Republicans acknowledge that President TrumpDonald John TrumpTrump nominates Jeffrey Rosen to replace Rosenstein at DOJ McCabe says ‘it’s possible’ Trump is a Russian asset McCabe: Trump ‘undermining the role of law enforcement’ MORE’s approval rating — which stands somewhere between 38 percent and 45 percent in recent reputable polling — makes their historical headwinds all the more challenging.

Gallup polling stretching back to 1946 shows that a president whose approval rating is below 50 percent in midterm elections loses an average of more than 36 House seats, more than enough to give Democrats a majority in the next Congress.

“To the extent that people are looking for checks and balances, they’re there when we disagree, but on some policies we agree, on other policies we disagree. Our members and candidates are their own people,” said Rep. Steve StiversSteven (Steve) Ernst StiversSteve King asks for Congressional Record correction over white supremacist quote Rep. Steve King pushes GOP to reinstate his committee assignments GOP lawmakers offer several locations for Trump address MORE (R-Ohio), who heads the National Republican Congressional Committee.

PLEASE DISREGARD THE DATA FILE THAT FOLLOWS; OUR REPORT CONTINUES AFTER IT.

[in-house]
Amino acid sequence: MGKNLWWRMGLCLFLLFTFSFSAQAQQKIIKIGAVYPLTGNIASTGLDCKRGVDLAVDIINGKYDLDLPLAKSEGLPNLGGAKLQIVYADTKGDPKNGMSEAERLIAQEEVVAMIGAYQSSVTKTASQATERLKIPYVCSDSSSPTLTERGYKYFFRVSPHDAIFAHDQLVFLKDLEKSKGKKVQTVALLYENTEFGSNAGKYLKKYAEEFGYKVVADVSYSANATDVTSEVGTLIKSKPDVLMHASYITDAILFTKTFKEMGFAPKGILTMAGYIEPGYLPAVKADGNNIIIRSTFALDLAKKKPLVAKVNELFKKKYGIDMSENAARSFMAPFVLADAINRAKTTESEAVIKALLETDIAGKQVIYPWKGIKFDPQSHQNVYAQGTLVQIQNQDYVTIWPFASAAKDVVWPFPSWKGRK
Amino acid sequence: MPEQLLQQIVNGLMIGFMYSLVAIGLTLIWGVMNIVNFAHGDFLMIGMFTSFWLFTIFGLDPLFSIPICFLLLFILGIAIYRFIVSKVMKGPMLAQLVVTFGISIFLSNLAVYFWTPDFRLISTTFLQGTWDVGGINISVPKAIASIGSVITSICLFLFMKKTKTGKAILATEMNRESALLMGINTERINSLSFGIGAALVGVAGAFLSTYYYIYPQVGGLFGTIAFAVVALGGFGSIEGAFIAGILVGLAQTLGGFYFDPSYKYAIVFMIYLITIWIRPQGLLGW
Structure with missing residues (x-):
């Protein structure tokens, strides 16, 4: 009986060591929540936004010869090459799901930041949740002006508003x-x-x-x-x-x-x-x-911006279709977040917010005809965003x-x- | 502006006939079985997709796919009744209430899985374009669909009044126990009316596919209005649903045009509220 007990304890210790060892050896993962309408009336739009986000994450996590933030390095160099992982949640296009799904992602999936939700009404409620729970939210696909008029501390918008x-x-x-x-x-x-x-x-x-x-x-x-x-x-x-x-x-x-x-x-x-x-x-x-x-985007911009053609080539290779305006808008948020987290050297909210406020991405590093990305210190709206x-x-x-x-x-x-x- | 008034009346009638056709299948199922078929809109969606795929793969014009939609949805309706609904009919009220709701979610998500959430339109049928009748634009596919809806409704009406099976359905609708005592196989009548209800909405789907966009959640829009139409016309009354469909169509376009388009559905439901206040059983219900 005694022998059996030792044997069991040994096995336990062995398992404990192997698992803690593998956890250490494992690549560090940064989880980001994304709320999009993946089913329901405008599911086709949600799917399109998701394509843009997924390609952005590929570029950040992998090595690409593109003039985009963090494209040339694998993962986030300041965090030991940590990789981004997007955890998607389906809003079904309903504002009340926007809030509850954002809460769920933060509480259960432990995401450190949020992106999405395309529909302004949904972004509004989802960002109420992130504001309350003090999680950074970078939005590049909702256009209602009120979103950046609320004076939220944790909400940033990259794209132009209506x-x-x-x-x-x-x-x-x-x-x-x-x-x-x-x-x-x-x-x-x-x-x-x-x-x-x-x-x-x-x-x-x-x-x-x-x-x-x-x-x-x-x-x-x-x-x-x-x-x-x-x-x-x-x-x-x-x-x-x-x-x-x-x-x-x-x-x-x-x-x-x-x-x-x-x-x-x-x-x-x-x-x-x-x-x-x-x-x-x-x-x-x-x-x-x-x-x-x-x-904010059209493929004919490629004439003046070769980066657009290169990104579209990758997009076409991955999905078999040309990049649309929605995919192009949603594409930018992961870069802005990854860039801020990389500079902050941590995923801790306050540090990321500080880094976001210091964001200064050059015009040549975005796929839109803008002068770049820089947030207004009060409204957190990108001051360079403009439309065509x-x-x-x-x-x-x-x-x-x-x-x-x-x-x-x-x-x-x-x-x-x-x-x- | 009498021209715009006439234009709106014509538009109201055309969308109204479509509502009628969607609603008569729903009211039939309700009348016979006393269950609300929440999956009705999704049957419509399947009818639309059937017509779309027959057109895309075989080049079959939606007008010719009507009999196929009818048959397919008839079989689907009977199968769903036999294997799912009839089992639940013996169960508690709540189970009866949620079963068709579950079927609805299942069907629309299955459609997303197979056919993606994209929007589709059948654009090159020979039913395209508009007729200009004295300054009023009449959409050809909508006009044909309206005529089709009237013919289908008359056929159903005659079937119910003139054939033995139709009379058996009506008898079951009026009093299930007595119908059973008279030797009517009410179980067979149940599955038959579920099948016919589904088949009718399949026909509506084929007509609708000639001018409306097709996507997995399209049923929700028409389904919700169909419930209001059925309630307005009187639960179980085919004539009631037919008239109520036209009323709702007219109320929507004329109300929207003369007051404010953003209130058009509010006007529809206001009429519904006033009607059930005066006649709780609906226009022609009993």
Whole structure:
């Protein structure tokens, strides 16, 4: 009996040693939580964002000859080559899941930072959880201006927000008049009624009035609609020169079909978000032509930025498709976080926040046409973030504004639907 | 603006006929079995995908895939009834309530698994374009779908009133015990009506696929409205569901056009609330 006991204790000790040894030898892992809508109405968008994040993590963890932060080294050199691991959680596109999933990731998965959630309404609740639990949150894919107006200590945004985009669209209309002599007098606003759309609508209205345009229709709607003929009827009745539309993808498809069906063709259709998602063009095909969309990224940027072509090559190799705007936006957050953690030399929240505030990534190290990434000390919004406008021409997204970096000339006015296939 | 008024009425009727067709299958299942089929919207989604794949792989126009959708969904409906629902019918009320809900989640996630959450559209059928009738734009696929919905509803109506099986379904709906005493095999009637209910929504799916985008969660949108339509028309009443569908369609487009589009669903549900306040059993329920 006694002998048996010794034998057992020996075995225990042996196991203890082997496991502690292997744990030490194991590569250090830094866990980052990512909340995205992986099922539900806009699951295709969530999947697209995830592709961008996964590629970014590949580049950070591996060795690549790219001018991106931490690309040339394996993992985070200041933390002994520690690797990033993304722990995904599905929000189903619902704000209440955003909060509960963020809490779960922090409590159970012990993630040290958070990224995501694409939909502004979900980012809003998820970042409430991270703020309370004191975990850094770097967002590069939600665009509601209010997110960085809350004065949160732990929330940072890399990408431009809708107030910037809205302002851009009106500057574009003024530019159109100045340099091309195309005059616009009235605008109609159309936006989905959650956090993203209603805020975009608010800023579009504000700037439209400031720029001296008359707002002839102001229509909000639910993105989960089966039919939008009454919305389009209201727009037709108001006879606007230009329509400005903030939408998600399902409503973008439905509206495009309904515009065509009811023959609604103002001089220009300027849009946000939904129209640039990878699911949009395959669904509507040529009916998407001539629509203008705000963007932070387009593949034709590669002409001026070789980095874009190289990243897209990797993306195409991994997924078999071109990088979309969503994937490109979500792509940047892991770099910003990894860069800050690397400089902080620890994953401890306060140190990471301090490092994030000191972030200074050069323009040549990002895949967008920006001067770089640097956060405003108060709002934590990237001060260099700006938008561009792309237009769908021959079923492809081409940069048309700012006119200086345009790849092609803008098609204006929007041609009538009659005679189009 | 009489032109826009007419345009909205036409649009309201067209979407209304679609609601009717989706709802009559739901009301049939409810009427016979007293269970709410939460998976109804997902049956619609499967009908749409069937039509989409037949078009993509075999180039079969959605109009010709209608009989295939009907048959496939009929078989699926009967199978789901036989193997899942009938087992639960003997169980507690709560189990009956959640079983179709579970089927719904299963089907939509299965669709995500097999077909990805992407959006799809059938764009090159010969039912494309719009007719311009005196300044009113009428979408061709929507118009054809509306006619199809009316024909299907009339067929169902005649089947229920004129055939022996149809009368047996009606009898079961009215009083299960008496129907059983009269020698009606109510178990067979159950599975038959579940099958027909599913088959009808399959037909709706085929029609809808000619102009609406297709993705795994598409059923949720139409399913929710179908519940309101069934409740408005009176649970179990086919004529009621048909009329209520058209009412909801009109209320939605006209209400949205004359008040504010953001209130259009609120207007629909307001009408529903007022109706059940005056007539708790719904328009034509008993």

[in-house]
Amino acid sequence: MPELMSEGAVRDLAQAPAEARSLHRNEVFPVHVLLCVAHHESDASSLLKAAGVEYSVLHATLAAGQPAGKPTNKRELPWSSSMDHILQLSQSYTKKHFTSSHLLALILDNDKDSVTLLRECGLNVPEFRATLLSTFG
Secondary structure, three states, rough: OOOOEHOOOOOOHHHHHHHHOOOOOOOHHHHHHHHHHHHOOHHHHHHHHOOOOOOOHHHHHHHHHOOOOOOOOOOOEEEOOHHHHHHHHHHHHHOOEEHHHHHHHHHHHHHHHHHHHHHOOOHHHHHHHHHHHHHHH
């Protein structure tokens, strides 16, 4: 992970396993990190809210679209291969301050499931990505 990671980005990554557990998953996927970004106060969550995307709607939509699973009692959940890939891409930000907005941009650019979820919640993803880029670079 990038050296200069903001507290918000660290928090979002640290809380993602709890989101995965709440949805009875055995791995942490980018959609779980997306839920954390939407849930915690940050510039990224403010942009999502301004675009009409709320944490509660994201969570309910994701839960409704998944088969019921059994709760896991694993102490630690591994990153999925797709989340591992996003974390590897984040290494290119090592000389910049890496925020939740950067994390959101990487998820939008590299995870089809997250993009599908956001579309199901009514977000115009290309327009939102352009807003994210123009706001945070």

Recent midterm elections, from 2006 to 2010 and 2014, have also seen the party outside of power gain when it presents itself as a check on the president.

“People are really focused on the fact that they want to have someone balance the extreme positions being taken by Trump,” said Sen. Dick DurbinRichard (Dick) Joseph DurbinSanders: 'Not crazy' about nixing the Senate filibuster Democrats brush off GOP 'trolling' over Green New Deal Trump praises law enforcement response to shooting at Illinois business MORE (D-Ill.).

But Republicans also have advantages in their uphill battle to keep control of the House.

The economy is booming and voters’ feelings about the direction of the country are slowly improving. Economists believe Republicans will get even better news this week when the latest quarterly growth estimates are released.

“We’ve got a lot of positive things to work with,” said Matt Walter, who runs the Republican State Leadership Committee, an umbrella group that funds and works with state GOP candidates. “The stock market’s through the roof, unemployment is at record lows.”